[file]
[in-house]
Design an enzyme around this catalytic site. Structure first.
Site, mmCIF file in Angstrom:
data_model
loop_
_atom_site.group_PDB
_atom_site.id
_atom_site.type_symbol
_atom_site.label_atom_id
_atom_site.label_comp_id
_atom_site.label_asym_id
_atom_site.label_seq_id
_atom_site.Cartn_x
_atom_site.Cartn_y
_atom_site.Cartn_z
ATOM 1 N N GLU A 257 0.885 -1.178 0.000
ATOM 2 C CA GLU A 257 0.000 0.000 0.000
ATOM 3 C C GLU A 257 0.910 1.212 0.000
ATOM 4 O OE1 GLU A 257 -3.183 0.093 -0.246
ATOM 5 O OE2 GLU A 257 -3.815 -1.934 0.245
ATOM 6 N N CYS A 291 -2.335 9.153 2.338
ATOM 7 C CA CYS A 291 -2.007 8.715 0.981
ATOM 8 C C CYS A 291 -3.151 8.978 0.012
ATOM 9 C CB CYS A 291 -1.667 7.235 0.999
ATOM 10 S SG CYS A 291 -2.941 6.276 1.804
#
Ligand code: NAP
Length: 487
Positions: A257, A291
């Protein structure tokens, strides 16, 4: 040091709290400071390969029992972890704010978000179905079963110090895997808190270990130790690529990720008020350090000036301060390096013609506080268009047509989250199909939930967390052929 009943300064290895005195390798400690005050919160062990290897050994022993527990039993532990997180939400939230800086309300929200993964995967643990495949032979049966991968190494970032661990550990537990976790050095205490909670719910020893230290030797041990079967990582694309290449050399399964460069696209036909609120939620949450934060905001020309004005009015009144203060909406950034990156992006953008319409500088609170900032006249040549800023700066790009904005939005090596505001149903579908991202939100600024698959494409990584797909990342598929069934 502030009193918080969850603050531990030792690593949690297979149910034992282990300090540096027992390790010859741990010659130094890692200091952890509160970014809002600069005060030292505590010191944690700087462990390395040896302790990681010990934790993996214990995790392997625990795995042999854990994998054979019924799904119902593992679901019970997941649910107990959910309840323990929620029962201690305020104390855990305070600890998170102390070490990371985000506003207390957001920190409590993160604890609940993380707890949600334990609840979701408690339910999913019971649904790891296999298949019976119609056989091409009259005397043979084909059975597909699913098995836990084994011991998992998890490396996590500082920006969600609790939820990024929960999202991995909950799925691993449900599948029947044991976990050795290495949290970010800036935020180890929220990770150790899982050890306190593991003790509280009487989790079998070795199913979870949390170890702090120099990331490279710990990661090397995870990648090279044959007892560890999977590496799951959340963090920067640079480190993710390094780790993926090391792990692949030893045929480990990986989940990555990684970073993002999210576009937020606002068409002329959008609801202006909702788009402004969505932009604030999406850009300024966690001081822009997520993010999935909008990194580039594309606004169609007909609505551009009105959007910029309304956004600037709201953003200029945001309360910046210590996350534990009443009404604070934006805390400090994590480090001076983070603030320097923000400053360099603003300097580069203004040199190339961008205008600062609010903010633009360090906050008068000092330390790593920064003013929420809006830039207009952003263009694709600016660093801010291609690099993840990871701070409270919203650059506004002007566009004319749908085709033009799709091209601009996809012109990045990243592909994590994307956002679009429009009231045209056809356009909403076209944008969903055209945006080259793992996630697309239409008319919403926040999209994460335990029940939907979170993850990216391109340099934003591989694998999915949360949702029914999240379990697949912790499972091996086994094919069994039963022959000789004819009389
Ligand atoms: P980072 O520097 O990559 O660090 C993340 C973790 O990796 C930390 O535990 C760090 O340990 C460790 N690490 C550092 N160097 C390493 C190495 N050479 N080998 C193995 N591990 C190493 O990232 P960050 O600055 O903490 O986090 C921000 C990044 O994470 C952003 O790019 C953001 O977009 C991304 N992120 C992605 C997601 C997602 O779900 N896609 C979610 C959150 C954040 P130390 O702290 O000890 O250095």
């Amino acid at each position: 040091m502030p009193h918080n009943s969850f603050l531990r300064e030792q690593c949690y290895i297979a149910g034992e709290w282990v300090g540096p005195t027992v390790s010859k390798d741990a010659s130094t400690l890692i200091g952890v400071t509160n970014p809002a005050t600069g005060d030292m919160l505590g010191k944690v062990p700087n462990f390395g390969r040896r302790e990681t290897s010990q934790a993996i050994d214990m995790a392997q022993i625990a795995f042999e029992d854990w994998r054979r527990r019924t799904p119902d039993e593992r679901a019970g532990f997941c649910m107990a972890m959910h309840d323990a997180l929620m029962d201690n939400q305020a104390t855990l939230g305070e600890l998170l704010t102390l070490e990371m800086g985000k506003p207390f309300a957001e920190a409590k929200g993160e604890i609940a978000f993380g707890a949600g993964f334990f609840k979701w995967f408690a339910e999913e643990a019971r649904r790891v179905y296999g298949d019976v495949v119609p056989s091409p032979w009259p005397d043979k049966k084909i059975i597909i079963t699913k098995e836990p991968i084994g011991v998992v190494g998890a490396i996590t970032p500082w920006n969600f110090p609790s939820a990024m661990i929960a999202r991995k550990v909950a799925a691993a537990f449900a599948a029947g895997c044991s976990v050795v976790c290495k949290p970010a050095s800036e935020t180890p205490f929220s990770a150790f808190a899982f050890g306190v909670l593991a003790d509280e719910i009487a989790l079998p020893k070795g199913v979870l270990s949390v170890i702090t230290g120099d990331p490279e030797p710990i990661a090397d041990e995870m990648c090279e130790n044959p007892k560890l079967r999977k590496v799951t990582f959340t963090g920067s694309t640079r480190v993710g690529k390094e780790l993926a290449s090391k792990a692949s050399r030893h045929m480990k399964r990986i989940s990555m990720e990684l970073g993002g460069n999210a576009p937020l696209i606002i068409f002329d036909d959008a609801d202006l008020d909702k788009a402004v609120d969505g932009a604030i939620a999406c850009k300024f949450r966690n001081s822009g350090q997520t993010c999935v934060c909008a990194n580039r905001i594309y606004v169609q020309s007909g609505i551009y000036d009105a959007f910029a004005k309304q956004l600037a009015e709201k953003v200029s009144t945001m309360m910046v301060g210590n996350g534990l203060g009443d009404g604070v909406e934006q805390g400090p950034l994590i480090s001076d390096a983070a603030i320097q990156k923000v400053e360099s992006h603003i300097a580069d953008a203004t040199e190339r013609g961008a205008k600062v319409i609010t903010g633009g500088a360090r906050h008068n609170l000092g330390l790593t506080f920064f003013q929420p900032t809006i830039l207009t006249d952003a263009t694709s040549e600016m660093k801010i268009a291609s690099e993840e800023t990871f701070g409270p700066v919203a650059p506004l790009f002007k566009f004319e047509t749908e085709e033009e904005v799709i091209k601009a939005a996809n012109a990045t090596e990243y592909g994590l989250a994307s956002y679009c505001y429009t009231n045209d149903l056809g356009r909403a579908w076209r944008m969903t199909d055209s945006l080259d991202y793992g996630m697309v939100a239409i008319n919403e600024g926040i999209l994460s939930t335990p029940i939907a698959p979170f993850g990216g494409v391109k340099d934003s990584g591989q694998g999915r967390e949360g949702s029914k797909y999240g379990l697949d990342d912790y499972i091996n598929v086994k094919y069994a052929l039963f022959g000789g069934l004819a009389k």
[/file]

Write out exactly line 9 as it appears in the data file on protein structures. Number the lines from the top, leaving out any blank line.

_atom_site.label_atom_id